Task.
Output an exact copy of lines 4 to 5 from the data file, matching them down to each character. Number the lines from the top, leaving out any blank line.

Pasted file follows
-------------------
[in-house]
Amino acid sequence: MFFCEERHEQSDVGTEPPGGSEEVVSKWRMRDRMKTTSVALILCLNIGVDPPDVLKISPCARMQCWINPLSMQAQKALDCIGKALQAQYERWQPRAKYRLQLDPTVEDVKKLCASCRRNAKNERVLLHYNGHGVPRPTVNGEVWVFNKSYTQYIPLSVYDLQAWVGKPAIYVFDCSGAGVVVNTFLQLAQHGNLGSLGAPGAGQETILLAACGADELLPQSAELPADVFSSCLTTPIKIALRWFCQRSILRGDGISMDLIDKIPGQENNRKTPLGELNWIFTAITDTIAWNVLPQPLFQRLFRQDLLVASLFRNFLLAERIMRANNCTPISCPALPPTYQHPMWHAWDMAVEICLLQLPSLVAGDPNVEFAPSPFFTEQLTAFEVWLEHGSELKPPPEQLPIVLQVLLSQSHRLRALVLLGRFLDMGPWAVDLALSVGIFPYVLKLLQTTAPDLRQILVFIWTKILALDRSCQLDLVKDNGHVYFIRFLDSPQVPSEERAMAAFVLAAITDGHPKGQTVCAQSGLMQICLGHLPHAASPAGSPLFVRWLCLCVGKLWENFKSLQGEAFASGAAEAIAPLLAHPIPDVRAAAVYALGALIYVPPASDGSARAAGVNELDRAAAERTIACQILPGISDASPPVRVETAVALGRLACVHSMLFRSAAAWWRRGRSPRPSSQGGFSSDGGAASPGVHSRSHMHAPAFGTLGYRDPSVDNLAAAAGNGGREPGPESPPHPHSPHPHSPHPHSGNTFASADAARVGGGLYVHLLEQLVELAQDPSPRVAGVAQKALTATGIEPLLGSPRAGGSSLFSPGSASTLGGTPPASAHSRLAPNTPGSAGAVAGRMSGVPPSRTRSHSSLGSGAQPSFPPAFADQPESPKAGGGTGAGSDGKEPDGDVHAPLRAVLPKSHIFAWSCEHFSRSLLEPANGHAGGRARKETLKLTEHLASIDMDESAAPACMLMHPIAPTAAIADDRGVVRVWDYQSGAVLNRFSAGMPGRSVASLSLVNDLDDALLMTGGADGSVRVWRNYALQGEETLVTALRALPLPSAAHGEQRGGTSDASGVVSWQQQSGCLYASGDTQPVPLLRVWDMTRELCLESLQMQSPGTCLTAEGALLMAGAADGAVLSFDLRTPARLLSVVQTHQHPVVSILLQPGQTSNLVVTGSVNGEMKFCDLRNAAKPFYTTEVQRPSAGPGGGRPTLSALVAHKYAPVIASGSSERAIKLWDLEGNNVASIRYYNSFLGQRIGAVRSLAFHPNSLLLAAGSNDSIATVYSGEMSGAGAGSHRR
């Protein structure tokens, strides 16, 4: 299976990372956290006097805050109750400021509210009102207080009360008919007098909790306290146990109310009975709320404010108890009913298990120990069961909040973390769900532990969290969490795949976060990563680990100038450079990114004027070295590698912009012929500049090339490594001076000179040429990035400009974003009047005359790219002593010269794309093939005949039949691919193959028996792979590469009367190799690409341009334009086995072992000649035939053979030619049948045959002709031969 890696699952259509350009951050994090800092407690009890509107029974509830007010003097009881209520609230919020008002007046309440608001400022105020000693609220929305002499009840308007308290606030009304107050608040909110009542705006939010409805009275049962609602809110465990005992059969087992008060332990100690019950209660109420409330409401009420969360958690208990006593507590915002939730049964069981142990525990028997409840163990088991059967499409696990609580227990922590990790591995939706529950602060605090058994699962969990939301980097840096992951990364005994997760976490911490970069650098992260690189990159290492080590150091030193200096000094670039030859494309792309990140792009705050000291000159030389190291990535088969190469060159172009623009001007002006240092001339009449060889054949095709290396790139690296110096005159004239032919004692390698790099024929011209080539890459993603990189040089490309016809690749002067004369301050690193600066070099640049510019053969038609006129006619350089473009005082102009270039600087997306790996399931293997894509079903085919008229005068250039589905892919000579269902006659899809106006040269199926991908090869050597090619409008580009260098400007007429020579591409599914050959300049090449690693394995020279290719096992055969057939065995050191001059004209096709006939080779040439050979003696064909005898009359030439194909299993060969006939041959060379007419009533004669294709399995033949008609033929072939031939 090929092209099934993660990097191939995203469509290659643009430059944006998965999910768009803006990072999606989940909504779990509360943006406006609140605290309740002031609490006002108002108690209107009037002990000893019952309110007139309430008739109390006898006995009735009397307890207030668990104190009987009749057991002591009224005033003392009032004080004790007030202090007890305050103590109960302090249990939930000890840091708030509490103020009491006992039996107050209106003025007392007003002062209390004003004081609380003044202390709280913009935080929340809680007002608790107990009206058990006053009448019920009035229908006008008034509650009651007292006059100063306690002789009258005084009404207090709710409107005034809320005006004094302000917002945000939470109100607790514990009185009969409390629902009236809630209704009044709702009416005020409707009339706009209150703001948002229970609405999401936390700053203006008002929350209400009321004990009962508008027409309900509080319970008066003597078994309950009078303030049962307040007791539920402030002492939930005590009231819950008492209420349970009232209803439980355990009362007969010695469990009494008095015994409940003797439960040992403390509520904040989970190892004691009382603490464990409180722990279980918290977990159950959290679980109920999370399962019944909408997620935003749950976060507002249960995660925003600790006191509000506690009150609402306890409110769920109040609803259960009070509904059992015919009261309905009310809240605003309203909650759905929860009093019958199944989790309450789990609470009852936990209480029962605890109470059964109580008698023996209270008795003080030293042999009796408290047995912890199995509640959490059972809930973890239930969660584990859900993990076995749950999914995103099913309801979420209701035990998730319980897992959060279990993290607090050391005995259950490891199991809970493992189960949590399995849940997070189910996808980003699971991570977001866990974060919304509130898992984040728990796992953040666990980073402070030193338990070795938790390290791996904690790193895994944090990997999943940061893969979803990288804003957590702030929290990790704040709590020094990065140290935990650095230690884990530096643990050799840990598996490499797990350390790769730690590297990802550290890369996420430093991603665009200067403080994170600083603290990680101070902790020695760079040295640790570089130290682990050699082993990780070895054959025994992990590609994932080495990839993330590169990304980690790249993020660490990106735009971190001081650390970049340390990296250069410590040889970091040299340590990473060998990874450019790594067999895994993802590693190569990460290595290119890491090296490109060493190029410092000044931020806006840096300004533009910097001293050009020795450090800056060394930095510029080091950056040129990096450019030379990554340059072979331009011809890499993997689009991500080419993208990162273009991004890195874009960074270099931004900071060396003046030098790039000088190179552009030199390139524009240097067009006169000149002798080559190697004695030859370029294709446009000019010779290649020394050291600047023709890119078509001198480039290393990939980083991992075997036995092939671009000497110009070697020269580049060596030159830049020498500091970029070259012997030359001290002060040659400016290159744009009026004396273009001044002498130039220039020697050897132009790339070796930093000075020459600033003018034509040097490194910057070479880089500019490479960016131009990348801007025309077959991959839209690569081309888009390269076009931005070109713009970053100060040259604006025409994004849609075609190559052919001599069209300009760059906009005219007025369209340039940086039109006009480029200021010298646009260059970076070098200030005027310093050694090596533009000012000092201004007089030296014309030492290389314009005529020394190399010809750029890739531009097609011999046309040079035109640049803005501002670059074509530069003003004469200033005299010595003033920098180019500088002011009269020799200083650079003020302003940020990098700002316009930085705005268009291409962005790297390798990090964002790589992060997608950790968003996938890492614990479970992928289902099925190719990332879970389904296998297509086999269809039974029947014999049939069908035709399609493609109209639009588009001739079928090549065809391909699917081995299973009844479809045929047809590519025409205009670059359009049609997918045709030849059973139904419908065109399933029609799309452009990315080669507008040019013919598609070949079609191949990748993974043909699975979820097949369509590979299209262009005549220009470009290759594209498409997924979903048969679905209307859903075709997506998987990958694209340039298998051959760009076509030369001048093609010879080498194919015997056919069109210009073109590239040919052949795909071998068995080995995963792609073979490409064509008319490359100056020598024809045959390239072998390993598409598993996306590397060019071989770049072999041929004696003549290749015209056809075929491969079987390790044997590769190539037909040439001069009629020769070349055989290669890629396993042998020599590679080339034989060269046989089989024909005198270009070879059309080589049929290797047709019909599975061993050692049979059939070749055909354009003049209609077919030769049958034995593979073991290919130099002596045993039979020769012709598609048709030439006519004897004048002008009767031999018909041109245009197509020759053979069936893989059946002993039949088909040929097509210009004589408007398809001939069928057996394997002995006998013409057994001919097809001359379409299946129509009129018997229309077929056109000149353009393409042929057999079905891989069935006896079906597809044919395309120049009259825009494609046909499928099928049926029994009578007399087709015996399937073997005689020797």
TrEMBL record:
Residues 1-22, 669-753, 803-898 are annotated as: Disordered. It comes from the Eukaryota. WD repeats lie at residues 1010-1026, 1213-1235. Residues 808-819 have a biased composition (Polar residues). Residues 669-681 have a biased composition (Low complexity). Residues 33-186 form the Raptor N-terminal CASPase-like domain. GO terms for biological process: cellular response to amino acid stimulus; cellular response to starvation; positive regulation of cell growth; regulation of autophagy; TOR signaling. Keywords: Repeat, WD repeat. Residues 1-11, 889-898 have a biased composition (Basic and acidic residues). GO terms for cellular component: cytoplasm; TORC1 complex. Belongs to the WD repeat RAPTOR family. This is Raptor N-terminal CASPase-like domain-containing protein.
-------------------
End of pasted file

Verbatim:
TrEMBL record:
Residues 1-22, 669-753, 803-898 are annotated as: Disordered. It comes from the Eukaryota. WD repeats lie at residues 1010-1026, 1213-1235. Residues 808-819 have a biased composition (Polar residues). Residues 669-681 have a biased composition (Low complexity). Residues 33-186 form the Raptor N-terminal CASPase-like domain. GO terms for biological process: cellular response to amino acid stimulus; cellular response to starvation; positive regulation of cell growth; regulation of autophagy; TOR signaling. Keywords: Repeat, WD repeat. Residues 1-11, 889-898 have a biased composition (Basic and acidic residues). GO terms for cellular component: cytoplasm; TORC1 complex. Belongs to the WD repeat RAPTOR family. This is Raptor N-terminal CASPase-like domain-containing protein.